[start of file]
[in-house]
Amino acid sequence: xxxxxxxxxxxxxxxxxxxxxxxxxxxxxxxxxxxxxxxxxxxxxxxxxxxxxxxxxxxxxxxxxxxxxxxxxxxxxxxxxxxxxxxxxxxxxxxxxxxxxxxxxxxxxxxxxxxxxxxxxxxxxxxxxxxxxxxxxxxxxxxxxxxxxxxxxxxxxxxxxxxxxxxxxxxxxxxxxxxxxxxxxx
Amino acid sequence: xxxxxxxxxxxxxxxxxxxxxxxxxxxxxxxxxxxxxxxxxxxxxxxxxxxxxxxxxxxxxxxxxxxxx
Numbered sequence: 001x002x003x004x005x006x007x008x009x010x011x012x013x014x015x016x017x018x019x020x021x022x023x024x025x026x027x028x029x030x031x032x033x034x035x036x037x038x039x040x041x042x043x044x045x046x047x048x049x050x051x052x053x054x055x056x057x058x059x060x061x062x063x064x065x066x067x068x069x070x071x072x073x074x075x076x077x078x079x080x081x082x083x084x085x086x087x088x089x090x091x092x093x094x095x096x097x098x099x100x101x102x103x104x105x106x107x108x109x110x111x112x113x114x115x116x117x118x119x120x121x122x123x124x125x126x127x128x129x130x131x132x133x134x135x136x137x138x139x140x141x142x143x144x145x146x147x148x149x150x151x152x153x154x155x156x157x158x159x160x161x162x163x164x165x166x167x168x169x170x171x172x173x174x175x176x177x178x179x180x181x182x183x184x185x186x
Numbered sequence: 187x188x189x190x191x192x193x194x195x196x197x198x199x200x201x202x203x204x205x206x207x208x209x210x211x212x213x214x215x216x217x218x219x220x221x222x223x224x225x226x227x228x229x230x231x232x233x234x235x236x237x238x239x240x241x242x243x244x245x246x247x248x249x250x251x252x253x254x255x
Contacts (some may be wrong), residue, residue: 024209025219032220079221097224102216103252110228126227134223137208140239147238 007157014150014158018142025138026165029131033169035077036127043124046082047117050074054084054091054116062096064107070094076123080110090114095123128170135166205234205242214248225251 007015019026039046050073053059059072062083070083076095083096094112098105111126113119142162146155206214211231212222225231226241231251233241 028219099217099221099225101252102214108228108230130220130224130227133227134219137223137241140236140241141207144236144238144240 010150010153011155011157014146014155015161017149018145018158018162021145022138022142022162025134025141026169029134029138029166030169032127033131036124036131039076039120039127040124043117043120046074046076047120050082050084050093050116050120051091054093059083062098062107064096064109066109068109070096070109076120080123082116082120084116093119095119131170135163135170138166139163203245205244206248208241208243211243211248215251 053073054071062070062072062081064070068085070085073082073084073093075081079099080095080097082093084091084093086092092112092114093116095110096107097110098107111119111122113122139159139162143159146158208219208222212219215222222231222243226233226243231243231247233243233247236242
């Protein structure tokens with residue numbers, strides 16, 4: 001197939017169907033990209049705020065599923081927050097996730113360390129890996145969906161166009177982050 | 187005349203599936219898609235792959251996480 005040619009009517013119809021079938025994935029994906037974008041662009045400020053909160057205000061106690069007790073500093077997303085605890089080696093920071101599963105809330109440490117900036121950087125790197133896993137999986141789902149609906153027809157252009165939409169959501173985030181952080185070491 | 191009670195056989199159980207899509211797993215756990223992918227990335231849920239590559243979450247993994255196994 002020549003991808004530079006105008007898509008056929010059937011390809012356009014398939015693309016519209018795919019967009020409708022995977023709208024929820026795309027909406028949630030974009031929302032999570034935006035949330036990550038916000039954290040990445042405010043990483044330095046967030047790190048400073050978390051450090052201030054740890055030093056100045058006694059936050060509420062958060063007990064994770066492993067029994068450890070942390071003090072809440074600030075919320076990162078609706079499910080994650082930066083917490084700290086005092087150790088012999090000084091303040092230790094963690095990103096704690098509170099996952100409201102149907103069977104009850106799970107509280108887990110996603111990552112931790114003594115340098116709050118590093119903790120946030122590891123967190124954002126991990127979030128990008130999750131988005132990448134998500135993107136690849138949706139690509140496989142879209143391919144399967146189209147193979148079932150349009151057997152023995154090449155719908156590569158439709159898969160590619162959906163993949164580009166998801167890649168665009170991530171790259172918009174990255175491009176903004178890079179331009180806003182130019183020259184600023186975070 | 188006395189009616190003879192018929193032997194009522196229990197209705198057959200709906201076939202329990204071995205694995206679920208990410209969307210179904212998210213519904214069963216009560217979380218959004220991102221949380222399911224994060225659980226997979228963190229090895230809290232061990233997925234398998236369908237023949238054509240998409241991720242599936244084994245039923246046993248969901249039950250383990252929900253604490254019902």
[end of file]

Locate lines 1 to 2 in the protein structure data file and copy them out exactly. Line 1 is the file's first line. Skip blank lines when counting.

[in-house]
Amino acid sequence: xxxxxxxxxxxxxxxxxxxxxxxxxxxxxxxxxxxxxxxxxxxxxxxxxxxxxxxxxxxxxxxxxxxxxxxxxxxxxxxxxxxxxxxxxxxxxxxxxxxxxxxxxxxxxxxxxxxxxxxxxxxxxxxxxxxxxxxxxxxxxxxxxxxxxxxxxxxxxxxxxxxxxxxxxxxxxxxxxxxxxxxxxx